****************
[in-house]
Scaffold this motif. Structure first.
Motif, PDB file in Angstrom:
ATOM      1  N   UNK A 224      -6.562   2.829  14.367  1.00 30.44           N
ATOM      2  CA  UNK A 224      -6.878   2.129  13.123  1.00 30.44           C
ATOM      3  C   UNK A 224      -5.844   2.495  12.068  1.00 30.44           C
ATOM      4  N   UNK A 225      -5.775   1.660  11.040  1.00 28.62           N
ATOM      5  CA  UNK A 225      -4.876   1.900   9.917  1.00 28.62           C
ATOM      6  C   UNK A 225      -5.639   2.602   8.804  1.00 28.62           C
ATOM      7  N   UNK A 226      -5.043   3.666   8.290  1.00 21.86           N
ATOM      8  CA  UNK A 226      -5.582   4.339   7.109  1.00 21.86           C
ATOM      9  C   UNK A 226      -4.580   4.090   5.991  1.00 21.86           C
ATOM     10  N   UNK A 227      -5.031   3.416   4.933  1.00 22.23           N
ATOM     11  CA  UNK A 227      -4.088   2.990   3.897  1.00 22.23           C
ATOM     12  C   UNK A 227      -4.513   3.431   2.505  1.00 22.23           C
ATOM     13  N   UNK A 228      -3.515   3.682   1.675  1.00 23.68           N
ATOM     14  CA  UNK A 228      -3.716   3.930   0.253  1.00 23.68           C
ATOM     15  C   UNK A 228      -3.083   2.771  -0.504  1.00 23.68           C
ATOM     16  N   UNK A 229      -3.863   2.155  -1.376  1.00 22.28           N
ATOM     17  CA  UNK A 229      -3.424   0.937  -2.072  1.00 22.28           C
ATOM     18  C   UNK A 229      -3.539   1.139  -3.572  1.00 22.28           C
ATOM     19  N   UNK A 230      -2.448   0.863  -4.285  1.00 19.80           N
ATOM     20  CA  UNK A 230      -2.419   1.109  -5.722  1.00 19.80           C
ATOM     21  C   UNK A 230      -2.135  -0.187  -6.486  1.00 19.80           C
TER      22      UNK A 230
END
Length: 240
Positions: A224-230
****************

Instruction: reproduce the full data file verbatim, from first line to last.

[in-house]
Scaffold this motif. Structure first.
Motif, PDB file in Angstrom:
ATOM      1  N   UNK A 224      -6.562   2.829  14.367  1.00 30.44           N
ATOM      2  CA  UNK A 224      -6.878   2.129  13.123  1.00 30.44           C
ATOM      3  C   UNK A 224      -5.844   2.495  12.068  1.00 30.44           C
ATOM      4  N   UNK A 225      -5.775   1.660  11.040  1.00 28.62           N
ATOM      5  CA  UNK A 225      -4.876   1.900   9.917  1.00 28.62           C
ATOM      6  C   UNK A 225      -5.639   2.602   8.804  1.00 28.62           C
ATOM      7  N   UNK A 226      -5.043   3.666   8.290  1.00 21.86           N
ATOM      8  CA  UNK A 226      -5.582   4.339   7.109  1.00 21.86           C
ATOM      9  C   UNK A 226      -4.580   4.090   5.991  1.00 21.86           C
ATOM     10  N   UNK A 227      -5.031   3.416   4.933  1.00 22.23           N
ATOM     11  CA  UNK A 227      -4.088   2.990   3.897  1.00 22.23           C
ATOM     12  C   UNK A 227      -4.513   3.431   2.505  1.00 22.23           C
ATOM     13  N   UNK A 228      -3.515   3.682   1.675  1.00 23.68           N
ATOM     14  CA  UNK A 228      -3.716   3.930   0.253  1.00 23.68           C
ATOM     15  C   UNK A 228      -3.083   2.771  -0.504  1.00 23.68           C
ATOM     16  N   UNK A 229      -3.863   2.155  -1.376  1.00 22.28           N
ATOM     17  CA  UNK A 229      -3.424   0.937  -2.072  1.00 22.28           C
ATOM     18  C   UNK A 229      -3.539   1.139  -3.572  1.00 22.28           C
ATOM     19  N   UNK A 230      -2.448   0.863  -4.285  1.00 19.80           N
ATOM     20  CA  UNK A 230      -2.419   1.109  -5.722  1.00 19.80           C
ATOM     21  C   UNK A 230      -2.135  -0.187  -6.486  1.00 19.80           C
TER      22      UNK A 230
END
Length: 240
Positions: A224-230